When Reynolds Porter Chamberlain (RPC) makes a strategic move it is usually intended to send a clear message to its insurance industry peers.
The opening of an office in Bristol on the back of a raid on CMS Cameron McKenna is a bold statement, coming as it does just three years after RPC offloaded its Tiverton office to London rival Kennedys.
Camerons will be left with just three insurance partners following the exits of Bristol managing partner Jeremy Barnes, commercial disputes partner Joe Bryant, insurance fraud partner Simon Chandler and professional indemnity partner Peter Mansfield.
The four partners resigned last week (19 September), prompting Camerons to take the unusual step of announcing their departures the same day.
Discussions are ongoing between the two firms over the transfer of the team. In the meantime RPC is staying quiet about the details of its plans for the launch of an office in Bristol.
It is understood that the partners are likely to be held to a six-month notice period by Camerons, delaying any office launch, unless RPC is able to hire elsewhere.
In the meantime RPC will be hopeful that the four can secure their strong client list to bring along to their new firm.
In a statement regarding the hires, RPC managing partner Jonathan Watmough said: “We serve many of the same clients and this is a very natural fit for both sides. It means we can offer clients a top-quality out-of-town service.”
Giving an insight into the strategic thinking behind the office launch, Watmough said it would allow the firm to remain conflict-free in the banking sector while serving insurance clients from Bristol.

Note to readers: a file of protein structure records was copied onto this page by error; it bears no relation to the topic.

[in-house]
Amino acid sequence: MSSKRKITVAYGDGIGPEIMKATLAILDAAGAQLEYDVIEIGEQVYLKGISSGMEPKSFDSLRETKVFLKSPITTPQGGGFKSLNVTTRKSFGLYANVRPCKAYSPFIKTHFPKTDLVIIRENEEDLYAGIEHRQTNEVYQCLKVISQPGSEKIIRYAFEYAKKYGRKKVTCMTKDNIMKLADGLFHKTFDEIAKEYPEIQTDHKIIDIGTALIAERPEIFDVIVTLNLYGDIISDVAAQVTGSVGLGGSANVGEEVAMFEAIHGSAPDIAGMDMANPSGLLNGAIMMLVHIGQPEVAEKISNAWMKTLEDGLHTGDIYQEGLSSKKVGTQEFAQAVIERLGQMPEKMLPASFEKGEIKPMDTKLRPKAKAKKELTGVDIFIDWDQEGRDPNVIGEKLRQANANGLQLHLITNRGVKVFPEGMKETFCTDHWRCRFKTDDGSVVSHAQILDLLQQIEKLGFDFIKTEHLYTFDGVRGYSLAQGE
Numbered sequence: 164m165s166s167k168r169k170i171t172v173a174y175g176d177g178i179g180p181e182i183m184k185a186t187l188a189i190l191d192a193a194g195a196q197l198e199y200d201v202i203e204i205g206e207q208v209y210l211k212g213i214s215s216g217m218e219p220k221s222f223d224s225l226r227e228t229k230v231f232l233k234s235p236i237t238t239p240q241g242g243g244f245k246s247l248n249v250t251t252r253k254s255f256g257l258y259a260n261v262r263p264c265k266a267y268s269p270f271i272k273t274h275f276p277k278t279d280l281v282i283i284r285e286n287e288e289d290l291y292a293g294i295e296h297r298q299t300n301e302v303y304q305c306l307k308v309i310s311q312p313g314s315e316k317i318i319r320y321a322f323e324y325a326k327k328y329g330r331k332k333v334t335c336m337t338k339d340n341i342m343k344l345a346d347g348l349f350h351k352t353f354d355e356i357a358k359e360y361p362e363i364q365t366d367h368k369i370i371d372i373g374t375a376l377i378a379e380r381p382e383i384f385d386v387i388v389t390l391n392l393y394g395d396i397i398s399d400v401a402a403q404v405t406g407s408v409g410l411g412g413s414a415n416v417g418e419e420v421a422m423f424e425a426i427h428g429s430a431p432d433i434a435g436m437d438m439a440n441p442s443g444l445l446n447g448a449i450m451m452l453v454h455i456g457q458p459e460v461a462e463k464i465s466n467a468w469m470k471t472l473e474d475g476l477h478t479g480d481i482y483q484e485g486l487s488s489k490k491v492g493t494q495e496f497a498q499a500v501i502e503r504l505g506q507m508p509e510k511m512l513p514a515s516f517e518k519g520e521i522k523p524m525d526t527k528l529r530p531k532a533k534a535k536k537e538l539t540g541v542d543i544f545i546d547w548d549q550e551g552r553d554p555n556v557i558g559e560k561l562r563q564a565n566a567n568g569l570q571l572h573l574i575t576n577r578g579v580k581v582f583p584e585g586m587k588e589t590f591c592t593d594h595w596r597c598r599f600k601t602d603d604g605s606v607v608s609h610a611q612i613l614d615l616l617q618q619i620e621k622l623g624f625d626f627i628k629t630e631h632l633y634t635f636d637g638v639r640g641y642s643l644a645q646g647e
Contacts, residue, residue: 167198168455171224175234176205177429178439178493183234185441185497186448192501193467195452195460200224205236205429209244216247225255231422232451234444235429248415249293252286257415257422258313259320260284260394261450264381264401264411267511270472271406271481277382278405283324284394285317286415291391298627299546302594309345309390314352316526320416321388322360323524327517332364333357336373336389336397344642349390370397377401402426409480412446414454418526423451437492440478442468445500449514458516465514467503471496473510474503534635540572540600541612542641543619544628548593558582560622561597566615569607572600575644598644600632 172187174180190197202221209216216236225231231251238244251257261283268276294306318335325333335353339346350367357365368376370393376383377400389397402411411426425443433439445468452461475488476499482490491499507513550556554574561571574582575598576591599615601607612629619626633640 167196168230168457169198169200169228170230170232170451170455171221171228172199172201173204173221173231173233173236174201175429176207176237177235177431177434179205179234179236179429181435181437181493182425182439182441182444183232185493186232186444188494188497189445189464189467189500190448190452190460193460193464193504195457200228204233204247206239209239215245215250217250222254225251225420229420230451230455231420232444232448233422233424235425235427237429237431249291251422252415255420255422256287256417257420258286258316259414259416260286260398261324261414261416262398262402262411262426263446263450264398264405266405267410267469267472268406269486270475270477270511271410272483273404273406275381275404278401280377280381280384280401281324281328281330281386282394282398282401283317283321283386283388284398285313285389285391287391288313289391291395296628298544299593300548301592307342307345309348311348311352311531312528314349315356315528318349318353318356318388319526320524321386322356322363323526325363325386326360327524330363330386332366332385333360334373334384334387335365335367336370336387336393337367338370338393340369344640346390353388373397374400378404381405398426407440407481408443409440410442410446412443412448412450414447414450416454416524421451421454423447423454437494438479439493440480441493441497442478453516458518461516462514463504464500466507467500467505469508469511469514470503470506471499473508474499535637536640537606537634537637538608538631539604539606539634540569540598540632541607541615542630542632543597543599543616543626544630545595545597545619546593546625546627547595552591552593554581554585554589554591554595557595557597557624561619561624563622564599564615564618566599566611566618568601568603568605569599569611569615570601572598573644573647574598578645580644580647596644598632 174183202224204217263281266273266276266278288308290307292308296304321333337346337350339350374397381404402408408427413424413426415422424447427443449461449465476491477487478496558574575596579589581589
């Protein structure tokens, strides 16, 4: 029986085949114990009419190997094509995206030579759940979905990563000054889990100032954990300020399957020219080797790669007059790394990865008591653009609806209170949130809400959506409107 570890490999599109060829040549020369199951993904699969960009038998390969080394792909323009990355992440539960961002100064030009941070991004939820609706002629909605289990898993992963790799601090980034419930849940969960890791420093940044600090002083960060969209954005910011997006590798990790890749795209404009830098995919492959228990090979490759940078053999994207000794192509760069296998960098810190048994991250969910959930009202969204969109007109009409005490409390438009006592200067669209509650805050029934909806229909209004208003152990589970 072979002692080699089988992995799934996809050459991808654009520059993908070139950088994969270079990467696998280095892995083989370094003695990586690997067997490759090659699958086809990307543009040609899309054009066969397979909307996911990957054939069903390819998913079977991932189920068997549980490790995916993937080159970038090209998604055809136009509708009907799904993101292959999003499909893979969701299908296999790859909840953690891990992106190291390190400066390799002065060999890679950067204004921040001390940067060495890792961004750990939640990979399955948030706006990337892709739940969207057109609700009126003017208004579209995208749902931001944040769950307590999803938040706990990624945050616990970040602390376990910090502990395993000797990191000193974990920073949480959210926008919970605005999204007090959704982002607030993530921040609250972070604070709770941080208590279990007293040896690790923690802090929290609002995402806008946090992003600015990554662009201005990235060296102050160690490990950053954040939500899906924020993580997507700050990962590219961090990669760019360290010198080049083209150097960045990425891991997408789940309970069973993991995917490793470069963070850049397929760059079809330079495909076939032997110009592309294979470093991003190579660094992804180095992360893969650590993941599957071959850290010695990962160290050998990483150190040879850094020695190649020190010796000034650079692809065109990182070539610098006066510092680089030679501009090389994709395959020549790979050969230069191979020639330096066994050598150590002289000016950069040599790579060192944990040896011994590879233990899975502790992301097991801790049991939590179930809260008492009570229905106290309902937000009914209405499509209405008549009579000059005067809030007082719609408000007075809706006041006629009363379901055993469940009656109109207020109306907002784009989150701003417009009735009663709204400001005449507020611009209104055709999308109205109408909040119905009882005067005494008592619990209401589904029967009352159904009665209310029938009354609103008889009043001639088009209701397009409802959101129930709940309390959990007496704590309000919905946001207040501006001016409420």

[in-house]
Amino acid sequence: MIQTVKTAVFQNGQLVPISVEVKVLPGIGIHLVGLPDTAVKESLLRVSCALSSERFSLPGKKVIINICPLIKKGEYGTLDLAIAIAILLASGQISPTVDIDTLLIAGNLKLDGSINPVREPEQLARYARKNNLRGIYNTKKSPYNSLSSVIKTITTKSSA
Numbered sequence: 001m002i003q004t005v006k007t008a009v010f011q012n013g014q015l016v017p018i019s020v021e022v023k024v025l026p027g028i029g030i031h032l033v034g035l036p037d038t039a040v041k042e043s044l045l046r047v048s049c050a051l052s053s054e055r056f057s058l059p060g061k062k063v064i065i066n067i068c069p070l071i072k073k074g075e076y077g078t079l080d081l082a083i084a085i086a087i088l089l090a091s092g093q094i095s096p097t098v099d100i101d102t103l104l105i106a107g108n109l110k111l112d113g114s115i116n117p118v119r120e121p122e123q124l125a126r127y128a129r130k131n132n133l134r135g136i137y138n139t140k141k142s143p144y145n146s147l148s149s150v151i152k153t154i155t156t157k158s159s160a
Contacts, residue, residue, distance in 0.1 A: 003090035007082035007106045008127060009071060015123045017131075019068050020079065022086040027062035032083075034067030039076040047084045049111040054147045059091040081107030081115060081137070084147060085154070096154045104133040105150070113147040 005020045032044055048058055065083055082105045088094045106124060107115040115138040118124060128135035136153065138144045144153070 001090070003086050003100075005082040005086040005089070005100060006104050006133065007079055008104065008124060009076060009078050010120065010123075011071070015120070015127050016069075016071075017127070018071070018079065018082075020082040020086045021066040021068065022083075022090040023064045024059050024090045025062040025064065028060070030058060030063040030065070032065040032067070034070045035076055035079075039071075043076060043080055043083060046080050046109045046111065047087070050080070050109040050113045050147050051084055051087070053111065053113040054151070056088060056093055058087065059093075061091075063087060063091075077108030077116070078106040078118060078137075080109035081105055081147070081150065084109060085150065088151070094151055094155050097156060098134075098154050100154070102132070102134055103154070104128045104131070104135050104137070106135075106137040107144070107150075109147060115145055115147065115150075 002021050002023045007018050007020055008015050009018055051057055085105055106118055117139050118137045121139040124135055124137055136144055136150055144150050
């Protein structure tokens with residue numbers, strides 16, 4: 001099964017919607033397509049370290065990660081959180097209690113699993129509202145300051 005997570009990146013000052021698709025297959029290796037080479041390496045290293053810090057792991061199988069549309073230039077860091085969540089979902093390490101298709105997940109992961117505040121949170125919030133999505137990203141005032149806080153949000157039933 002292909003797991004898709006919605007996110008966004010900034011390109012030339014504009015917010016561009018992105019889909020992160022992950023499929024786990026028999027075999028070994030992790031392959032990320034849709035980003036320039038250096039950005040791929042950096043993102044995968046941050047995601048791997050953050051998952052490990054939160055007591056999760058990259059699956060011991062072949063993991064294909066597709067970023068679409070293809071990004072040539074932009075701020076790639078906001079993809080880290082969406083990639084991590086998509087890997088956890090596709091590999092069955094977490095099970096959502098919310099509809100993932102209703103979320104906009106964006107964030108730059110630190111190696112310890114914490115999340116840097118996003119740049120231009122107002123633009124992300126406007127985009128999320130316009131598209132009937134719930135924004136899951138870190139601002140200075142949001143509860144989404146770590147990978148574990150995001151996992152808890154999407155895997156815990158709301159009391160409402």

Bristol, like Manchester, is home to a thriving insurance market and composite insurers such as Allianz, Zurich and Axa have strong bases in and around the city. The firm will want to strengthen its ties with these clients and has effectively taken out one of its competitors in order to do so – think the Clyde & Co-Barlow Lyde & Gilbert merger on a miniature scale.
The move reflects the strategic repositioning of RPC in the past three years. The firm has moved away from the bulk end of insurance work and had disposed of its Tiverton base to reflect that. It is now attempting to create a market for itself at the top end of the financial services market.
Speaking to The Lawyer, Watmough said the emphasis in the past year has been on creating a profitable base to enable its all-equity partnership to invest in the firm without taking on additional debt.
The firm’s profit margin has hovered around the 33 per cent mark for the past five years, unlike at many of its competitors in the insurance market, which have seen their margins come under intense pressure.
In comparison, BLG has gone from a margin of 31 per cent at the 2008-09 year-end to 25 per cent at the close of the past financial year.
One RPC insider commented: “Until four years ago we saw BLG as our biggest competitor – we admired them and wanted to be like them. The same can’t be said now – they’re not in the same market as us. They’ve gone down-market with volume and we’re going upmarket. We want to be distinctive.”
It is this drive for distinctiveness that is a key driver for the firm’s national development. The four partner hires into Bristol are only the beginning – RPC’s hiring spree will continue for some time yet.